Psychotropic Medicines in Cognitive Impairment or Disability Clinical Care Standard

The Commission is developing a clinical care standard to reduce the inappropriate use of psychotropic medicines in people with cognitive impairment or disability, particularly when used for managing changed behaviours or behaviours of concern.

Background

The Royal Commission into Aged Care Quality and Safety (Aged Care Royal Commission) and the Royal Commission into Violence, Abuse, Neglect and Exploitation of People with Disability (Disability Royal Commission) found that psychotropic medicines are being misused and overused, particularly in older people with cognitive impairment or disability. 

Inappropriate use of psychotropic medicines has been recognised as a safety and quality issue in health care.

The Australian Commission on Safety and Quality in Health Care (the Commission), the Aged Care Quality and Safety Commission and the NDIS Quality and Safeguards Commission released a Joint Statement in March 2022 outlining the commitment by these three agencies to work together to reduce the inappropriate use of psychotropic medicines as a form of restrictive practice to control the behaviour of people who exhibit behaviours of concern.

Development of this clinical care standard aims to support the Joint Statement by providing guidance to enable appropriate management and improve outcomes for these vulnerable groups.

Aims of the standard

The Psychotropic Medicines in Cognitive Impairment or Disability Clinical Care Standard (the Standard) aims to support the Joint Statement in the following areas:

  • Managing the risks associated with the use of psychotropic medicines for managing changed behaviours or behaviours of concern
  • Supporting improvements in diagnosis and assessment, behaviour support planning, and preventative and de-escalation strategies for such behaviours 
  • Strengthening providers’ understanding and capacity for appropriate informed consent when psychotropic medicines are used for behavioural reasons
  • Addressing the appropriateness of prescribing, dispensing, administration, monitoring, and discontinuation of psychotropic medicines.

The Standard will focus on reducing risk for people with cognitive impairment or disability, recognising their high risk and the potential for inappropriate use. Further information on the scope and goals of the Standard will be published in due course.

Consultation and expert advice

Clinicians, consumers and healthcare services will be consulted during the development of the Standard, which will include a public consultation period. The Commission has established a Topic Working Group (TWG) with expertise based on lived experience and from relevant clinical specialities including general practice, research, emergency medicine, psychology, nursing, allied health and geriatric medicine, from states and territories around Australia.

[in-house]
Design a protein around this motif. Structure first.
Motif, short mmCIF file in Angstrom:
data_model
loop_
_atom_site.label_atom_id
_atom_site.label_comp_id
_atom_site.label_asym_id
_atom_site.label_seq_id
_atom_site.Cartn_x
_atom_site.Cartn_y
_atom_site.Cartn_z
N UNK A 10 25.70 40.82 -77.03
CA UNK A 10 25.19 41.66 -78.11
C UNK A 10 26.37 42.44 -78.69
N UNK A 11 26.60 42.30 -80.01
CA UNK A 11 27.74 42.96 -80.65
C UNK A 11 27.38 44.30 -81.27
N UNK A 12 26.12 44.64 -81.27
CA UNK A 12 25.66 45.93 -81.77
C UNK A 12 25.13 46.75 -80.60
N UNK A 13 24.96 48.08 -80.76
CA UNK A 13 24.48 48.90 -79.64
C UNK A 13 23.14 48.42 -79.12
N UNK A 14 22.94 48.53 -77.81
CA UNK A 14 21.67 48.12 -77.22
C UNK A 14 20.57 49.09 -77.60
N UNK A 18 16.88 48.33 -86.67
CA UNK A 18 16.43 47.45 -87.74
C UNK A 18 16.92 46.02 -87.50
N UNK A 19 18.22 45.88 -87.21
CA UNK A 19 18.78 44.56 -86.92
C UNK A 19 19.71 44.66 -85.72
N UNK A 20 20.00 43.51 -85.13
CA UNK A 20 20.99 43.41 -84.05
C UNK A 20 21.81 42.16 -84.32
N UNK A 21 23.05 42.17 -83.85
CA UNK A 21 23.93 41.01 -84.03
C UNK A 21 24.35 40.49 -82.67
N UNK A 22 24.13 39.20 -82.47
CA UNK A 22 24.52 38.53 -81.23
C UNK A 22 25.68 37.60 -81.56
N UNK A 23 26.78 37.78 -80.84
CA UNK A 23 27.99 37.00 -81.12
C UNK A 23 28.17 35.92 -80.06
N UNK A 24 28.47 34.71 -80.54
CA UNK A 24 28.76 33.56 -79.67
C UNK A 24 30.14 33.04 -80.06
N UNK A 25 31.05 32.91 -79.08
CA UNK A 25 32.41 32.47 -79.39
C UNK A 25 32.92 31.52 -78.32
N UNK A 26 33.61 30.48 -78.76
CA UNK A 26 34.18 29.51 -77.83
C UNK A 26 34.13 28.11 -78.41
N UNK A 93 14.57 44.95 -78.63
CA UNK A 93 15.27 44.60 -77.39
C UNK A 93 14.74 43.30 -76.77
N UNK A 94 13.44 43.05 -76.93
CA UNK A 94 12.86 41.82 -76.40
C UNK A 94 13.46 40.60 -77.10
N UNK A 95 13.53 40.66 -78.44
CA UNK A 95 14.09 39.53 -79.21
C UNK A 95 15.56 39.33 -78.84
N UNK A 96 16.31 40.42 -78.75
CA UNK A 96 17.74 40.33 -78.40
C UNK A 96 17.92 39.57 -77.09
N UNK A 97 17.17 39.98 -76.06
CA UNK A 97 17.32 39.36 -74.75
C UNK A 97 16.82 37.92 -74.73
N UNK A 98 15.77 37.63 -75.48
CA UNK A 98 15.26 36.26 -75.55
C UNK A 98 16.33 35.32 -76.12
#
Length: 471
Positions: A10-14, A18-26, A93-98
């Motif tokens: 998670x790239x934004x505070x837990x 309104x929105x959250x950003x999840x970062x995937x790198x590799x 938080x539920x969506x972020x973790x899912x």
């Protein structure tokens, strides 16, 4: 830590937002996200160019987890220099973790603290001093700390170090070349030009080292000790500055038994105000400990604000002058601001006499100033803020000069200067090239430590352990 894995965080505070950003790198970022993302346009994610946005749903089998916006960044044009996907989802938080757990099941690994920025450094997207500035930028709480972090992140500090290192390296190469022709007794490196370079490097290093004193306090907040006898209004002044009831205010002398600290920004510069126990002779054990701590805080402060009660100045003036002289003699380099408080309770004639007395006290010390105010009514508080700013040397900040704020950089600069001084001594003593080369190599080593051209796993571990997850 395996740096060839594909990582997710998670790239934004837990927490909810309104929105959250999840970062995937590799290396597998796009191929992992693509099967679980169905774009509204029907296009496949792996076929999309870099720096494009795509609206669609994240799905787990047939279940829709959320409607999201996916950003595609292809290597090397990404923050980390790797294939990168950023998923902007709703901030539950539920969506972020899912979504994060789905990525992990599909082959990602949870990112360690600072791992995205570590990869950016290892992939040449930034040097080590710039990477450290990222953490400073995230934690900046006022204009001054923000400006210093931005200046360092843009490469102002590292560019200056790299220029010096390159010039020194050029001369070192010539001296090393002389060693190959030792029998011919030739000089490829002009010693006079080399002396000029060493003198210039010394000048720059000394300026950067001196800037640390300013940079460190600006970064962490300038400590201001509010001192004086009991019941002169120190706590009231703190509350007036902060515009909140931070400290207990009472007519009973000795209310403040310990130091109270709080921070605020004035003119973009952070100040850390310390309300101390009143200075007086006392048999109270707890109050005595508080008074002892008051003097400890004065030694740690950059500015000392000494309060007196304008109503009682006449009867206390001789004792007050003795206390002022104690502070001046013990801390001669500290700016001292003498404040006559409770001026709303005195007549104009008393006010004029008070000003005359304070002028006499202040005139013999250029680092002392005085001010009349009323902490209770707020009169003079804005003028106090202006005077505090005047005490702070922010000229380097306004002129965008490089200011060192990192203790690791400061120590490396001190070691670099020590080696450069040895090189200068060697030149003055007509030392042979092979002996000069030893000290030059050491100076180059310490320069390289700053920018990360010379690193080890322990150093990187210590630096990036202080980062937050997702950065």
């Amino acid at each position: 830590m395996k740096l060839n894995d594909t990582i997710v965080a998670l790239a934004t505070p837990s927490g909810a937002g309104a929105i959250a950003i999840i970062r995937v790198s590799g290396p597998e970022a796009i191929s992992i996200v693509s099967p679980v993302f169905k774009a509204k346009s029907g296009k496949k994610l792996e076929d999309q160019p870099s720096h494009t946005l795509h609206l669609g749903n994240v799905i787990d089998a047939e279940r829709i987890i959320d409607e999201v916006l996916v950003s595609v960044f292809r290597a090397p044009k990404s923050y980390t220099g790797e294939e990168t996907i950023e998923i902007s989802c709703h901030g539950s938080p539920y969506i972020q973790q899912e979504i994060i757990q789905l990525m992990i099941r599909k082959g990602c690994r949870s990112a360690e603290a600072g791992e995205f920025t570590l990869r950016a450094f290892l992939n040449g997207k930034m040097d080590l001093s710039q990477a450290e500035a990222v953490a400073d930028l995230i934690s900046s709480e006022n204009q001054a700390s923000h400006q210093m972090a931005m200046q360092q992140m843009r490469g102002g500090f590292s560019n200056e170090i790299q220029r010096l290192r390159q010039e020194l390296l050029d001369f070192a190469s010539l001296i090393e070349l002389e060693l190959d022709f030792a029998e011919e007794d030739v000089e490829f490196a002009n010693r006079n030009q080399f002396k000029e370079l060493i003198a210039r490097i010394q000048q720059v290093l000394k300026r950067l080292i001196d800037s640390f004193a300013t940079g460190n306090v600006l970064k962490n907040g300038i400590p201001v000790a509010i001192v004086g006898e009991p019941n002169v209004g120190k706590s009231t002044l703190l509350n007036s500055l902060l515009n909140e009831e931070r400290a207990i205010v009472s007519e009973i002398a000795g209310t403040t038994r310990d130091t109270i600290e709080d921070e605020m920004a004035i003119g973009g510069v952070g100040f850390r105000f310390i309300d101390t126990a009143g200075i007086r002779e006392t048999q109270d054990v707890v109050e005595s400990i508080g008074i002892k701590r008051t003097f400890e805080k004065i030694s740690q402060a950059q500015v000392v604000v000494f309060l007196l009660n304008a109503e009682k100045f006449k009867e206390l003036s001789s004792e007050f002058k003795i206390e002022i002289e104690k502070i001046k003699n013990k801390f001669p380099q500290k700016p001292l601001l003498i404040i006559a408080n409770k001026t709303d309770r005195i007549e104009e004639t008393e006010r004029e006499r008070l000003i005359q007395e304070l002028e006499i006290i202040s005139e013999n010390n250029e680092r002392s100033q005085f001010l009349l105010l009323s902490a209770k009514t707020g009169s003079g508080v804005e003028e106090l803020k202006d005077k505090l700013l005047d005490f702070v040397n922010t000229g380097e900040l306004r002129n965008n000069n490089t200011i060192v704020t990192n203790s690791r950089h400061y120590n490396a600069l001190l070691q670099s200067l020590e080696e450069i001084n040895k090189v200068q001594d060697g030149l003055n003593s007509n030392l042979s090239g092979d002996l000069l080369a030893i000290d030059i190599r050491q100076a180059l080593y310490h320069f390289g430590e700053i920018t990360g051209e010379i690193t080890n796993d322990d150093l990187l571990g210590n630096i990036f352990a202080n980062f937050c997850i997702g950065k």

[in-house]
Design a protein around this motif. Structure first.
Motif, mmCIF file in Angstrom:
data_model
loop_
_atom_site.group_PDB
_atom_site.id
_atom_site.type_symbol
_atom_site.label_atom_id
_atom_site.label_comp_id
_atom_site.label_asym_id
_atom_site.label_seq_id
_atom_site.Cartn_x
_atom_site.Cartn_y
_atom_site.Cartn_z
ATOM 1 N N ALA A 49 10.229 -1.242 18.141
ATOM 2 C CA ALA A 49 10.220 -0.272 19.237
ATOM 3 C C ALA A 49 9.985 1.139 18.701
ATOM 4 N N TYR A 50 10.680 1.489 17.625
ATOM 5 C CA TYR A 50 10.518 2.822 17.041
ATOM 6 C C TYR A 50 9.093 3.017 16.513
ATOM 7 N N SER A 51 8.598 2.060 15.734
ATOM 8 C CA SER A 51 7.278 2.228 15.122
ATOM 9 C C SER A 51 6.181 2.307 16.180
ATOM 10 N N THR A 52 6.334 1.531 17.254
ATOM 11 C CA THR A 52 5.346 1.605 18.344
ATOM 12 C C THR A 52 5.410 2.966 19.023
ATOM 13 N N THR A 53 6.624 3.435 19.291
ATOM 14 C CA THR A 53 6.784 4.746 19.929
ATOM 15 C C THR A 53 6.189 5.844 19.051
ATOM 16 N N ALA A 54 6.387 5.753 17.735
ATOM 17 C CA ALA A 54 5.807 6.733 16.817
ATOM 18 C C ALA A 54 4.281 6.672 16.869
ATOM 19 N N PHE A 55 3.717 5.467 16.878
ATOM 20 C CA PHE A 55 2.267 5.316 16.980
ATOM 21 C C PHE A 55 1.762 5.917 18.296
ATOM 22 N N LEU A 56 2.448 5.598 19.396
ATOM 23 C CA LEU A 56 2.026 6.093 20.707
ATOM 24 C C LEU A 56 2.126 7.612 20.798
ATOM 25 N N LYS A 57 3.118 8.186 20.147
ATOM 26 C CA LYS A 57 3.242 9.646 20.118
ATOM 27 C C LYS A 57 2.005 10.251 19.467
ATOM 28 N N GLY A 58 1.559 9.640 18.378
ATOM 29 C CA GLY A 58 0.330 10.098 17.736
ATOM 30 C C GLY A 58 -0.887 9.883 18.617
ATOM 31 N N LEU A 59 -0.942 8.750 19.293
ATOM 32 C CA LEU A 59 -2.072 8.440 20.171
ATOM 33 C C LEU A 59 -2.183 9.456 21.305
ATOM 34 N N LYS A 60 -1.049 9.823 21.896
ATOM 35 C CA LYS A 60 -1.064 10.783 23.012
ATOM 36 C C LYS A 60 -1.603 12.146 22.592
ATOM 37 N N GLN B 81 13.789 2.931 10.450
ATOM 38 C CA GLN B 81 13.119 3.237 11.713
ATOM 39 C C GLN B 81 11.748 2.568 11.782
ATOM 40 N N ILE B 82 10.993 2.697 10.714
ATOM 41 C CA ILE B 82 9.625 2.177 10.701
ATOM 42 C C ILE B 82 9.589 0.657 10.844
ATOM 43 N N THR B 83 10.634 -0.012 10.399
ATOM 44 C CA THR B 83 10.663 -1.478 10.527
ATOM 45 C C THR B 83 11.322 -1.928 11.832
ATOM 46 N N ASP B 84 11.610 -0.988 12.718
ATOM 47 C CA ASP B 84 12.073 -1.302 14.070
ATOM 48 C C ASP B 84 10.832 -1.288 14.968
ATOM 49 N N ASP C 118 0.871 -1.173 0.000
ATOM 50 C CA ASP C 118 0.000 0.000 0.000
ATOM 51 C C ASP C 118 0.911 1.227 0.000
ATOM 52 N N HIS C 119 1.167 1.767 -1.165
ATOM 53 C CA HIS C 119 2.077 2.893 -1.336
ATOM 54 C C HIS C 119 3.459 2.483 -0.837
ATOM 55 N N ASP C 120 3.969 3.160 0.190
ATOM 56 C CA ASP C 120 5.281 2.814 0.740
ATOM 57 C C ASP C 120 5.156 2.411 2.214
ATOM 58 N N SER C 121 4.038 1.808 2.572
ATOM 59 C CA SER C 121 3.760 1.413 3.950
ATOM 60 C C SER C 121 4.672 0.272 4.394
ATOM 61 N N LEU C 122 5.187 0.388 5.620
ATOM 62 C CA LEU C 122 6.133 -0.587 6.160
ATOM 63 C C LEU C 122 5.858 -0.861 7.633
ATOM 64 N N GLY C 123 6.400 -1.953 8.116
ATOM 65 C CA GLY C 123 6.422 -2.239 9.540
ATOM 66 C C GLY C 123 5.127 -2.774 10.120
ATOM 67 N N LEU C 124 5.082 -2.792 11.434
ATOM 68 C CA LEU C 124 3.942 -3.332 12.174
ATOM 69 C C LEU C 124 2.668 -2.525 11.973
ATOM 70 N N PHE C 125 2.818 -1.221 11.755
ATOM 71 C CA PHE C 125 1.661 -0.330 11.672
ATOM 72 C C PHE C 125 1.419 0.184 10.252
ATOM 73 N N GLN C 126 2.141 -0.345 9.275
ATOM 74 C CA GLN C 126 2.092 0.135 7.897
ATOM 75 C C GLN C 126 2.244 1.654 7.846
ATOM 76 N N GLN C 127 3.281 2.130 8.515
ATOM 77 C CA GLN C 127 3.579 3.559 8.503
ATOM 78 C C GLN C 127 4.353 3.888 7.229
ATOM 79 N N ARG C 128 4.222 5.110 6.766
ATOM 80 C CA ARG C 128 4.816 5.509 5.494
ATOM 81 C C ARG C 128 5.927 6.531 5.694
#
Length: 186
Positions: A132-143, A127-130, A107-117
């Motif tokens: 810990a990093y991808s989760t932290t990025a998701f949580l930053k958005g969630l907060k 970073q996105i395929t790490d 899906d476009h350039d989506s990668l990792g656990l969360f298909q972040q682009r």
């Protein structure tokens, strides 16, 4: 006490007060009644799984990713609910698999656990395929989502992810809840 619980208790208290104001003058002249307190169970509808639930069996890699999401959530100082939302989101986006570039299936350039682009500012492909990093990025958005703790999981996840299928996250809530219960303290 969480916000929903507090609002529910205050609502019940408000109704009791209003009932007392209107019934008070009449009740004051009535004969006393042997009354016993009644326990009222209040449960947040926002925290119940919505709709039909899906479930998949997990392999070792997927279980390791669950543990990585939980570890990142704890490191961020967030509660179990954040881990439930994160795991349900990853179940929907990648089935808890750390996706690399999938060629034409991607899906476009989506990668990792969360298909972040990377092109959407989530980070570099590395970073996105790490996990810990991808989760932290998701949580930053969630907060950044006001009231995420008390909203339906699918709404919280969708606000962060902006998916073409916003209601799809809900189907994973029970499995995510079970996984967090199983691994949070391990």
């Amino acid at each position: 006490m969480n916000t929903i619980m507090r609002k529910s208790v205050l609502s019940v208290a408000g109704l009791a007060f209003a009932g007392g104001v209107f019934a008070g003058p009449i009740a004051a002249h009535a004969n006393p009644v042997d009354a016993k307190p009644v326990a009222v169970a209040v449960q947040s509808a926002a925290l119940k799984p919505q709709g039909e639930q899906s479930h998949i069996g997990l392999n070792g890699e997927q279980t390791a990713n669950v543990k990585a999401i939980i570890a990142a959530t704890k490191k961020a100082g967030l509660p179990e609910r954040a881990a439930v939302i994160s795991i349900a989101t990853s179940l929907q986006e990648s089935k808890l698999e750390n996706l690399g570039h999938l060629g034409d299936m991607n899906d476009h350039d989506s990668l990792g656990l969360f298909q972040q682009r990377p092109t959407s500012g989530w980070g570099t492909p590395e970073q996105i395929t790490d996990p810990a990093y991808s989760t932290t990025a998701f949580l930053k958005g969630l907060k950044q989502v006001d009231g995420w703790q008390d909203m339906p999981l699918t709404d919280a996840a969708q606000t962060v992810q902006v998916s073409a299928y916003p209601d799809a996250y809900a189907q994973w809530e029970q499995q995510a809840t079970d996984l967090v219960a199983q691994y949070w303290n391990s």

The main roles of the group are to:

  • Provide expert advice on the development of the Standard and related guidance materials
  • Provide ongoing guidance on the impact of the Standard on key stakeholders
  • Acknowledge and take into account the perspectives of a broad range of stakeholders when providing advice to the Commission
  • Advise the Commission on the scope and key components of care to be the focus of the Standard
  • Advise the Commission on the key sources of evidence to inform the development of the Standard. This might include clinical practice guidelines, clinical standards, systematic reviews and meta-analyses
  • Advise on the formulation of quality statements and supporting indicators
  • Present potential strategies to the Commission that support the implementation of the Standard
  • Actively support raising awareness of the Standard
  • Advise the Commission on a review plan for the Standard, and support any associated revision as required
  • Actively support consultation on new resources developed
  • Provide advice on communication strategies to support new resources

For those who are consumers, a key role is to advise the Commission on matters relating to their experience - whether as a patient or carer - and provide this perspective during the development of the Standard.

All topic working group members are required to disclose financial, personal and professional interests that could, or could be perceived to, influence a decision made, or advice given to the Commission. Disclosures are managed in line with the Commission’s Policy on Disclosure of Interests.

Next Steps

A high-level summary of the activities and timeframes to deliver this clinical care standard is provided in the table below.

These timelines are subject to change.

Activity Timeframes
2022-2023
Project planning and background research Feb - July 2022
Establish Topic Working Group (TWG) May - June 2022
Meetings with TWG to define scope and draft quality statements August – December 2022
National consultation Early 2023
Approvals and endorsement processes June – August 2023
Launch of the standard Late 2023

Contact us

If you have any questions about this clinical care standard, email ccs@safetyandquality.gov.au

For updates on Standards due to be launched and out for consultation, follow us on Twitter @ACSQHC or subscribe to our eNewsletters